On the face of it, moving from a job as associate director of international work at the Royal Court Theatre in London to artistic director of English Touring Theatre may seem a bit odd. With the Royal Court, Richard Twyman travelled the world: Chile, Zimbabwe, South Africa, Palestine, Lebanon, Turkey, Iraq, India, China. At ETT, he’s barely allowed out of England into Scotland and Wales because of the terms of the Arts Council’s funding. 

But Twyman took the role in 2016 precisely because of that remit: one country, many people, and getting to grips with a national landscape. In his first year, the company visited 39 different cities, each with its own theatre and audience – a far cry from the Jerwood Upstairs space at the Royal Court. 

After training at Birmingham University, followed by a few assisting jobs, Twyman found himself working at Hamleys over the Christmas period demonstrating toys. He got talking to a woman who wanted to buy a cyber dog, and mentioned that he was about to leave to try to become a director. “That’s funny,” she said, “because I’m a theatre agent.”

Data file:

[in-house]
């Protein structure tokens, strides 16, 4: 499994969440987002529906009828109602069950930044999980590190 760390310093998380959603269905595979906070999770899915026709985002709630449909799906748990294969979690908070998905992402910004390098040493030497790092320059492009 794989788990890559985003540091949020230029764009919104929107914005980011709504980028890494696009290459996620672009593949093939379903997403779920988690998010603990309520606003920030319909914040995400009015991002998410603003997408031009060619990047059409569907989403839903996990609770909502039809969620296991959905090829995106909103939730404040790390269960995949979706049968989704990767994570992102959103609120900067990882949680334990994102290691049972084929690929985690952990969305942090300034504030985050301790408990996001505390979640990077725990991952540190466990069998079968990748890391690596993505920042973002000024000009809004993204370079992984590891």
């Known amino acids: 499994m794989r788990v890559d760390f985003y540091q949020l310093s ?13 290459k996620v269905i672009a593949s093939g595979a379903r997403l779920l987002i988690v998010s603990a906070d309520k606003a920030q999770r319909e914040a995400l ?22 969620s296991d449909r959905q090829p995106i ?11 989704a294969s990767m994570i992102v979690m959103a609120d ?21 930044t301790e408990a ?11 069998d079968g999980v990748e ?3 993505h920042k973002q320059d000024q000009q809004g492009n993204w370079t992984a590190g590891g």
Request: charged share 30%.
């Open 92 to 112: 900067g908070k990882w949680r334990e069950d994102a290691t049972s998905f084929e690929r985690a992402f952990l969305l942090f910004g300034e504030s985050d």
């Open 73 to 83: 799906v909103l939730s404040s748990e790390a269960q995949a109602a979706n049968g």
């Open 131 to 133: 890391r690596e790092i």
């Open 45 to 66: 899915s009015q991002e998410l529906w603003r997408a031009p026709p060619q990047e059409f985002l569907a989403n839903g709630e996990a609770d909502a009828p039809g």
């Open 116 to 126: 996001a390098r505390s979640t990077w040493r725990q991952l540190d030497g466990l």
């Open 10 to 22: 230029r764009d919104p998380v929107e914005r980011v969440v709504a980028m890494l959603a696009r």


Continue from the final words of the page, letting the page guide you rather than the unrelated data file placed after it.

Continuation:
It turned out to be Julia Lintott, an agent with Stella Richards Management and former wife of director Terry Hands, who became “something of an angel” to Twyman. She got him a meeting with Gregory Doran at the Royal Shakespeare Company, and he eventually became an associate there. He left in 2008, freelanced for a bit, then joined the Royal Court in 2013 as associate director of international work.